Current work of members of the Memoir Writers Group at the Bloomfield Township Public Library Spring 2019
Author: Melissa Fosgate Ng
Growing up in a middle-class home, it was important that as a family we joined together each evening for dinner. My two sisters, my mom and my dad would join hands and would say a prayer and give thanks to God. And as we then would continue to eat the dinner so graciously made by our mother each and every night, we would share tidbits from our day or just have simple conversation. And at our goofier nights, my sisters and I would venture onto discussions concerning bodily functions and what it looked like, smelt like, or sounded like. And with this my father would get upset and state, “There is no toilet-talk at the dinner table ladies…”
I must apologize in advance to my father for I am going to get into toilet-talk. I have learned better manners since childhood, but I really must tell you about something that I completely and thoroughly enjoy on my few trips to Japan. Not only do I love the beautiful architecture, the gardens, the markets, the food, and the ever-so-polite nature of the people of Japan, but I really adore their toilets.
Just like you’ve never had pizza until you eaten it in Italy, or you can never comprehend jet-lag of a17-hour flight to Australia while sitting in coach class, you’ve never really had the pleasure of sitting on the toilet until you’ve sat on a Japanese toilet.
In Europe, you must pay to pee. Whether it is at a store, restaurant, train station, the mall, or even a outhouse, you must always pay. No wonder the streets of Europe have a stink around each corner…if you don’t have the right change, well, nature calls, and people suddenly lose their manners. In parts of Eastern Europe and northern Africa, squat toilets can be found readily available, but they do leave a stench in your nostrils. And maybe a wet trickle down your leg.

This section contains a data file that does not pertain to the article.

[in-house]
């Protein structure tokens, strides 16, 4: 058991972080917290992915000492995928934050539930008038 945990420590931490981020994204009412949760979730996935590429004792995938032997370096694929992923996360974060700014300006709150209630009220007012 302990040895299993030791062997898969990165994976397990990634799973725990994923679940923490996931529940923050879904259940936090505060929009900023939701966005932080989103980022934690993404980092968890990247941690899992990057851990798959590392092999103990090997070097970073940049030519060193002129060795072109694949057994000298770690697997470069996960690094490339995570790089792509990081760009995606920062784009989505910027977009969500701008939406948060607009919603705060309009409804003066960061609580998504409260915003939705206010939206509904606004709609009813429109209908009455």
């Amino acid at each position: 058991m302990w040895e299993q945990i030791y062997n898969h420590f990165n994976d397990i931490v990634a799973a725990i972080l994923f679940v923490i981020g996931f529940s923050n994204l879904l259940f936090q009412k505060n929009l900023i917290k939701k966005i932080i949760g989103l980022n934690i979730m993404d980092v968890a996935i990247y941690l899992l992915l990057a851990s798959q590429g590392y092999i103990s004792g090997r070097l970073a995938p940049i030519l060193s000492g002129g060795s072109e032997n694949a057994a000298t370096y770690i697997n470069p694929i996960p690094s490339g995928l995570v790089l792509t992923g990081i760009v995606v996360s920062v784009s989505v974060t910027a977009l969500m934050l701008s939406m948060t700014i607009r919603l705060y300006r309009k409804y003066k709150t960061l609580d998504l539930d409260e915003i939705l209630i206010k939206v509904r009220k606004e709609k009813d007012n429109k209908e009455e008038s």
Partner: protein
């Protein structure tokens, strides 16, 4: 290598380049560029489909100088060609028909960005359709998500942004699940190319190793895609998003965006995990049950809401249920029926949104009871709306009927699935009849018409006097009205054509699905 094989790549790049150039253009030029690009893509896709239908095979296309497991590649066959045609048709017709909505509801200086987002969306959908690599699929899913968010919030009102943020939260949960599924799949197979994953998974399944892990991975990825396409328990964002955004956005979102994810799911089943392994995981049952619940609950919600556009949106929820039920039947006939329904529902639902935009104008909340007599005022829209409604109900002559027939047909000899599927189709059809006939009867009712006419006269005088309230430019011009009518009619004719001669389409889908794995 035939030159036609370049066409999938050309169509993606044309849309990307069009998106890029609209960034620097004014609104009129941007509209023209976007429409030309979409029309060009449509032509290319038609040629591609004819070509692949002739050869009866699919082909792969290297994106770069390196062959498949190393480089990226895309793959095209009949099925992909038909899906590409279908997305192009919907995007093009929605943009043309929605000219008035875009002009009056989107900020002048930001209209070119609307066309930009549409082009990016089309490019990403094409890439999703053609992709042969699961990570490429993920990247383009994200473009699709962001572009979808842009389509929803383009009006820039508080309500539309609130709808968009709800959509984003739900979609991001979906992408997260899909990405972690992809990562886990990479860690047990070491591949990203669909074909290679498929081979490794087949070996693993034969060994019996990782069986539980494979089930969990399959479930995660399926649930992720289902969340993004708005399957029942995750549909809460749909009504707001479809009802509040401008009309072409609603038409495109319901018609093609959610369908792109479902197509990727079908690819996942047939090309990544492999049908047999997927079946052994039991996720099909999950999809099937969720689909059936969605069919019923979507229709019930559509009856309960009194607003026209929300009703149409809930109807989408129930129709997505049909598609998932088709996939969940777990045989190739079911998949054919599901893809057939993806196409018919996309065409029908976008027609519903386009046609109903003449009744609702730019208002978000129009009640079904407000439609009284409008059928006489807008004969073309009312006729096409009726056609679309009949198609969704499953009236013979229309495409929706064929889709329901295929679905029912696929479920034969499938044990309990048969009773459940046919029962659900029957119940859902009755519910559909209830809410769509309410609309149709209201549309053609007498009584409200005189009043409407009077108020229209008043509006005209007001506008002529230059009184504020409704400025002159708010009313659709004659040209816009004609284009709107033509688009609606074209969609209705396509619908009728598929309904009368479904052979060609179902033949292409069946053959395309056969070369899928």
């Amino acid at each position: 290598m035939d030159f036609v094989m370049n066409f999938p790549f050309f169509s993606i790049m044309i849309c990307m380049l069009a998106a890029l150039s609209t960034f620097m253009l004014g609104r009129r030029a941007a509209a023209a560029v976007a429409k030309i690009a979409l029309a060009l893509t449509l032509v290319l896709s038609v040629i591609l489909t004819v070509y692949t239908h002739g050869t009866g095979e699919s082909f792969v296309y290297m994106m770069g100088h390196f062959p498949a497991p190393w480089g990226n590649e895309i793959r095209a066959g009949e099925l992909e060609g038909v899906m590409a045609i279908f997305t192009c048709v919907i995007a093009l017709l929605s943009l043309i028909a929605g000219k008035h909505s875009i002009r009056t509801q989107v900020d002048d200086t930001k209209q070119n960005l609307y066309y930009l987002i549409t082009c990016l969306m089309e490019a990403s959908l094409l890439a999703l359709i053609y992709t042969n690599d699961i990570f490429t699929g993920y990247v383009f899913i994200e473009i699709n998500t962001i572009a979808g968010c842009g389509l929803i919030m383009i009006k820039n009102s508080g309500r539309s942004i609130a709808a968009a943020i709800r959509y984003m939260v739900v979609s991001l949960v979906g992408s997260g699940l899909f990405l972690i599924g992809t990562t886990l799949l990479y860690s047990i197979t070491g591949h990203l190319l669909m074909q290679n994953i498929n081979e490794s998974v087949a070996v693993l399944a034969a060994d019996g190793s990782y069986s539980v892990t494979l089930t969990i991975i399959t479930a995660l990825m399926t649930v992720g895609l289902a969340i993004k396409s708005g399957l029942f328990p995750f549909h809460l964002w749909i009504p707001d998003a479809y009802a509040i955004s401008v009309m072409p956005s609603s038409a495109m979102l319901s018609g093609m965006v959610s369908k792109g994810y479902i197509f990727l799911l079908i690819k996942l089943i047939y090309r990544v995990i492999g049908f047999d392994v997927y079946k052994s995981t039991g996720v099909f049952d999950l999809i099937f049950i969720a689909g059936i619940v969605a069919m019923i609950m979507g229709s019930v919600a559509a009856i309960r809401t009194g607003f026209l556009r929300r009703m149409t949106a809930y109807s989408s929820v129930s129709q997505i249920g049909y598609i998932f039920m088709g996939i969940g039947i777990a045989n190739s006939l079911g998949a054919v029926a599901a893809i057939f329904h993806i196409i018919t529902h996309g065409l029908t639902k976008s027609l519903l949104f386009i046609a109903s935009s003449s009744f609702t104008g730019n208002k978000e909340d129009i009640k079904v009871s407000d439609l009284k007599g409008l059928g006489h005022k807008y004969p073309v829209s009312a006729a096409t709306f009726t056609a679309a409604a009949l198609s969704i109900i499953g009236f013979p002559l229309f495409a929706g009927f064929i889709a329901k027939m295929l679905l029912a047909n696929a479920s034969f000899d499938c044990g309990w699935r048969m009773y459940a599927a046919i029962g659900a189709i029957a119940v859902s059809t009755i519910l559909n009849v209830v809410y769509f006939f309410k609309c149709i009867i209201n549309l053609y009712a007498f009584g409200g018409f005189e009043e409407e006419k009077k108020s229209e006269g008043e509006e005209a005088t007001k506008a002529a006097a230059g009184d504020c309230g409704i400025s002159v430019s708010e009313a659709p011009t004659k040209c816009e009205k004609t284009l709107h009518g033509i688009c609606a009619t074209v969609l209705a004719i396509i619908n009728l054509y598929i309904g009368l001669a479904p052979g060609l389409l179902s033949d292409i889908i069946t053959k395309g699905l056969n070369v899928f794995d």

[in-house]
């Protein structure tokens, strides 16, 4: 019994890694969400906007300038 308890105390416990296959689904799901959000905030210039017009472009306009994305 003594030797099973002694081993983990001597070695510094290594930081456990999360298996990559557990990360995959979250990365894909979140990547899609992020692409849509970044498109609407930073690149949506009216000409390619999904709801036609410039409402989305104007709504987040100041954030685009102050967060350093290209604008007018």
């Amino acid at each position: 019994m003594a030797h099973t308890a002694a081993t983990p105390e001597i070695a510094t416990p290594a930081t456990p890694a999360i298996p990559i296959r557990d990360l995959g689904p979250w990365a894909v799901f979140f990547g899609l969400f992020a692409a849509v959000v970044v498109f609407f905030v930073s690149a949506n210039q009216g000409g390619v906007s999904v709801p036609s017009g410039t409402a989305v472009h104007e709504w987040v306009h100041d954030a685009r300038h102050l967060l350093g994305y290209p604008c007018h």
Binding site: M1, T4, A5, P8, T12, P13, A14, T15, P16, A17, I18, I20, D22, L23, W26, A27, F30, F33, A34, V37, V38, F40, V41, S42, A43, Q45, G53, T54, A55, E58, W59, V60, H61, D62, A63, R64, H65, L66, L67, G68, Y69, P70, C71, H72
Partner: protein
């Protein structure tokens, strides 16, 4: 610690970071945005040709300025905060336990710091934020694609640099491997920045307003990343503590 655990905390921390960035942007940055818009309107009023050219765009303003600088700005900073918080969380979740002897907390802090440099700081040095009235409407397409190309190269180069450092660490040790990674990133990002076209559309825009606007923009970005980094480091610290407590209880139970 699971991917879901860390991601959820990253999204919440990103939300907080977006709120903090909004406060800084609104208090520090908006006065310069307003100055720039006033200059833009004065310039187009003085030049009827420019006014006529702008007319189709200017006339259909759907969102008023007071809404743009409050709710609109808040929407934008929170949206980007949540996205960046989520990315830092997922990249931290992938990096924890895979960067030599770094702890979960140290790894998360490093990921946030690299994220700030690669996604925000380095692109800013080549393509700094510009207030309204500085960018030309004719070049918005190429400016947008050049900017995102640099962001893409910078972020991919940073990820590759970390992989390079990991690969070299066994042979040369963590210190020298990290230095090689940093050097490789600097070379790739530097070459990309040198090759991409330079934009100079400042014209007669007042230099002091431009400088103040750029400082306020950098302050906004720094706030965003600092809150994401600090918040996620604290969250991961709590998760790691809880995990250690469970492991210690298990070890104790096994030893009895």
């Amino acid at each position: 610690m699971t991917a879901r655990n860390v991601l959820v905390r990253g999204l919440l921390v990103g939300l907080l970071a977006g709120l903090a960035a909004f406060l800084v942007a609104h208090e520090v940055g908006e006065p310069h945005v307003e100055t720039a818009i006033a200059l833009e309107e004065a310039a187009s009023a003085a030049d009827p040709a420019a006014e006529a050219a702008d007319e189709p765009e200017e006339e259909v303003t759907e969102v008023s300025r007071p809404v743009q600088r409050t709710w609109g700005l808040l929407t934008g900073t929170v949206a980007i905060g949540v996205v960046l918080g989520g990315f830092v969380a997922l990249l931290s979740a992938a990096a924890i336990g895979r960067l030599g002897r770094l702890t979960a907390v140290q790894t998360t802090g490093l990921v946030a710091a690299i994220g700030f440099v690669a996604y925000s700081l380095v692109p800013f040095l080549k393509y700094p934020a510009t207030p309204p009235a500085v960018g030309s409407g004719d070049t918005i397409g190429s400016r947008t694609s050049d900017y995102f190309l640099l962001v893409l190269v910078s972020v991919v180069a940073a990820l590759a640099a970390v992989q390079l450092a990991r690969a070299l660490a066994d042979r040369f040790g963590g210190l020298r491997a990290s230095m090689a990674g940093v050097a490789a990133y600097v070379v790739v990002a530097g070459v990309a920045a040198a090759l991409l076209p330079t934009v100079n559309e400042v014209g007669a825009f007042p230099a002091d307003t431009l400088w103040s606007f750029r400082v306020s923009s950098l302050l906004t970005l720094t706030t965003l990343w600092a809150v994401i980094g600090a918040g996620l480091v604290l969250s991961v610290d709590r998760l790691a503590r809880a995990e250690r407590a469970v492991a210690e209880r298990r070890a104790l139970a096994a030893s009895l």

In Japan, you will never need to pay to use the toilet. And all toilet areas are kept neat and sanitary. I think it comes down to manners and being polite. No one can help if they have to use the toilet. There’s like a code of integrity. You enter a clean space, you leave a clean space.
Whether you are in a train station, a private home, the mall, or an elegant restaurant, the toilets in Japan all have the same characteristics. There’s no social hierarchy when it comes to the toilet.
The toilets are all remote control. The control panel is stationed on the wall next to the toilet. There are many options for the guest to choose from to better your experience: lift lid, lift lid and seat, small flush, large flush, down lid, down lid and seat, and a bidet option.
Some upgraded toilets also have the option of playing soothing gentle music or nature sounds as you perform your toilet duties.
And my favorite function of the Japanese toilet is when you sit on the toilet seat, you will find a nicely heated seat – no matter if it is winter or summer, night or day, the seat stays warm and cozy for each participant.
The control panel erases the fear of all the little germs and bacteria nesting in the most frequented seat in the world. It’s amazing that once your job is complete, a simple button provides the comfort of putting the toilet seat down, and with a simple push of another button, a nice clean flush – no handle to push down, no cord to pull down, just a simple clean flush. It also saves countless arguments about who left the toilet seat up…
Well, I hope my father would be proud that I kept this toilet-talk “clean”…and away from the dinner table!